t has been 22 years since the Hyundai Coupe first rolled off production lines at the Asan facility in South Korea. The release of the car was an attempt by the budget brand to appeal to a different market and to deliver a desirable, and affordable, sporty number. To market the machine to the world as an alternative to the likes of the Mazda MX 5, Hyundai wanted an appealing image, motorsport was thought to be the answer. The manufacturer attempted to emulate the success of fellow Asian company Subaru with an entry into the World Rally Championship. The route via the WRC Formula Two series backfired immediately. From the get-go it was obvious that the budget car had a budget backing and its budget development meant it was standing still. The decision to go down the Formula Two corridor backfired immediately. A budget programme for a budget sportscar was a turn off, for most that is. In the UK your Astra and Escort drivers were more likely to dream of upgrading to the recently released MGF, but there was a core of British motorists who were driving around with huge smiles on their faces knowing that they had MGF handling and performance, for less money than the mundane mid-range Ford and Vauxhall offerings that many refused to give up. The car was not a rocket ship, but it had a pleasing return on power. The two litre machine pumped out 140hp, could hit 60mph in just under eight seconds and topped out officially at 126mph, before the tuners got their hands on them. Those stats still donâ€™t really make you think of the car as an out and out racer though.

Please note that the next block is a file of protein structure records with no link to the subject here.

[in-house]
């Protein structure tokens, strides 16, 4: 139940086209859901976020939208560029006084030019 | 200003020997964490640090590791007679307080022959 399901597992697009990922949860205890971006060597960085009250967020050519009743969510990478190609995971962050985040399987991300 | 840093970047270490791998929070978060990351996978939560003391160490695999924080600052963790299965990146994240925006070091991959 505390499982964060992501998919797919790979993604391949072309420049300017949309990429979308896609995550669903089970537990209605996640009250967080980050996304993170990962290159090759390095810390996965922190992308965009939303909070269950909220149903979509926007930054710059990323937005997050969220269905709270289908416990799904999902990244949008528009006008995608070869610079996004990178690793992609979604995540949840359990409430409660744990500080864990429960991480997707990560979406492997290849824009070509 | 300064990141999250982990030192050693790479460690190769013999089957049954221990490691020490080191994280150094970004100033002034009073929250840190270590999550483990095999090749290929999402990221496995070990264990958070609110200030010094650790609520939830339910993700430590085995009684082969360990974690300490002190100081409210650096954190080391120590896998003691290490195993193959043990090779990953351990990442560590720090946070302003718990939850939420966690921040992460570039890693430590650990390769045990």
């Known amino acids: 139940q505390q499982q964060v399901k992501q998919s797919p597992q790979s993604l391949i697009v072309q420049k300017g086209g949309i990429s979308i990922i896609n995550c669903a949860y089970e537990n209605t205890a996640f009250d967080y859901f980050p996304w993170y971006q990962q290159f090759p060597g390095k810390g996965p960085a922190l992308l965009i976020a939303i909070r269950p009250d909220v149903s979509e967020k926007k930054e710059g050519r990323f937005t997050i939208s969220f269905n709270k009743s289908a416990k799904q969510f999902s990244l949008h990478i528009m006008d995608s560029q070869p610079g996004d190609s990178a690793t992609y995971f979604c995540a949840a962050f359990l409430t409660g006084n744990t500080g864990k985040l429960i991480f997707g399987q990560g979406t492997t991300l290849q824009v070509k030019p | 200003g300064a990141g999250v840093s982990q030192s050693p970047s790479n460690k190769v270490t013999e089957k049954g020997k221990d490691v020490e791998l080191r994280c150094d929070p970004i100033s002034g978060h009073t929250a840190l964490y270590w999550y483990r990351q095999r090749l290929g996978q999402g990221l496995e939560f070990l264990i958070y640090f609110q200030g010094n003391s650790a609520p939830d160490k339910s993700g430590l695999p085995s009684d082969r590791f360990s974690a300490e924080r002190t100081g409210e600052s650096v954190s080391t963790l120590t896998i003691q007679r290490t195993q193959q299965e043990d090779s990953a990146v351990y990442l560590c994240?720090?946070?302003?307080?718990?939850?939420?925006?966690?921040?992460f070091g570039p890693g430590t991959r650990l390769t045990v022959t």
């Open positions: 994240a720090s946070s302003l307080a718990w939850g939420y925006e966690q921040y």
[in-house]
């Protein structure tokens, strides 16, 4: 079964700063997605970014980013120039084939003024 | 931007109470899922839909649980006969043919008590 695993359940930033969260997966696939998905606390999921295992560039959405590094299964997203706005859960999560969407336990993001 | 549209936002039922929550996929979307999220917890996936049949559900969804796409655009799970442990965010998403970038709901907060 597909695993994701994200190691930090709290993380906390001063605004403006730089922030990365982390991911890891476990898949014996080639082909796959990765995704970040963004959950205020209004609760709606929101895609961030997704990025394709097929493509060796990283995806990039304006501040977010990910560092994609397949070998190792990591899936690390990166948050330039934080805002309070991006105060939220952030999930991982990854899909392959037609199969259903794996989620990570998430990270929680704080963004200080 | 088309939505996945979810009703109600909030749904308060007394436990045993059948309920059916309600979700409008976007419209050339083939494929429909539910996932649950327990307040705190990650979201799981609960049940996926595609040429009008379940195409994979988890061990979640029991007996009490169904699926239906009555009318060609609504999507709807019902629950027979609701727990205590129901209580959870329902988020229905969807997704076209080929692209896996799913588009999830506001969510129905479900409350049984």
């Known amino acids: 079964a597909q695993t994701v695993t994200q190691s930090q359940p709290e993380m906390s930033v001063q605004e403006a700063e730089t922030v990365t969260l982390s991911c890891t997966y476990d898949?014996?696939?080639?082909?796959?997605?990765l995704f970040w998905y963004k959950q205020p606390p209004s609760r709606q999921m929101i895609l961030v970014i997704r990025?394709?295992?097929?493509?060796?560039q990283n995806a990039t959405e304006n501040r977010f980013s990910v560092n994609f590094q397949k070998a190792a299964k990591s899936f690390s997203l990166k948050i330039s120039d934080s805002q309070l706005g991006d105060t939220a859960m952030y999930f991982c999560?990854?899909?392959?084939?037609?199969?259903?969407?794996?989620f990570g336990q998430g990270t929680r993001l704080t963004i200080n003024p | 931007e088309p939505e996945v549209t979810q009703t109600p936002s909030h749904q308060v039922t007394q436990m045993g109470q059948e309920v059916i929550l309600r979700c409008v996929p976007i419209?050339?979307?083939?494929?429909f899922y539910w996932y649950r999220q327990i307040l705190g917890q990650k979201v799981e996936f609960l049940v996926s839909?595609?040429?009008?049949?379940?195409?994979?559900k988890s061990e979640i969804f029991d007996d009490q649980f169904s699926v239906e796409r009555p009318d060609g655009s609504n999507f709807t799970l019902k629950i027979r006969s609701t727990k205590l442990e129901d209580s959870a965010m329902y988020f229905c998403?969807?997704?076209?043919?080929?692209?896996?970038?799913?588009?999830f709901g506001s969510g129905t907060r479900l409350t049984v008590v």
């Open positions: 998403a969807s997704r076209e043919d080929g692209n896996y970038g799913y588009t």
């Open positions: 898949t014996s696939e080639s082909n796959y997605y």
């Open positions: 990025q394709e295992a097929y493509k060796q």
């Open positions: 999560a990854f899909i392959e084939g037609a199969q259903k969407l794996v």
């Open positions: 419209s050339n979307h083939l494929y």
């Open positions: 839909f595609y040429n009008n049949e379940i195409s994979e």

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Photos: Mick Palmer The Hyundai Coupe Cup has been an entertaining addition to the roster of series run by the British Automobile Racing Club (BARC.) Running as a cup instead of as a fully fledged championship it is now in its fourth season and is attracting sizeable grids. With a mixture of self build, turnkey and arrive and drive cars the racing has been close and entertaining. But what does it take to convert one to a race spec? The two-litre variant, with the exception of the special edition EVO model, forms the basis of the racer. With a quality donor vehicle being available for as low as £500, you could have a car on the grid for as little as £2,500. The BARC do an excellent job of scrutineering the cars. At every round you will see a cup car in the inspection bay being poured over. There isn’t a lot that you can fettle, but one area is the camshaft. The worry that cam regrinds or cams from the EVO engine could be
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used to gain a performance advantage has not reared its head yet, but keeping ahead of any potential problems is paramount to keeping the engines on a level playing field.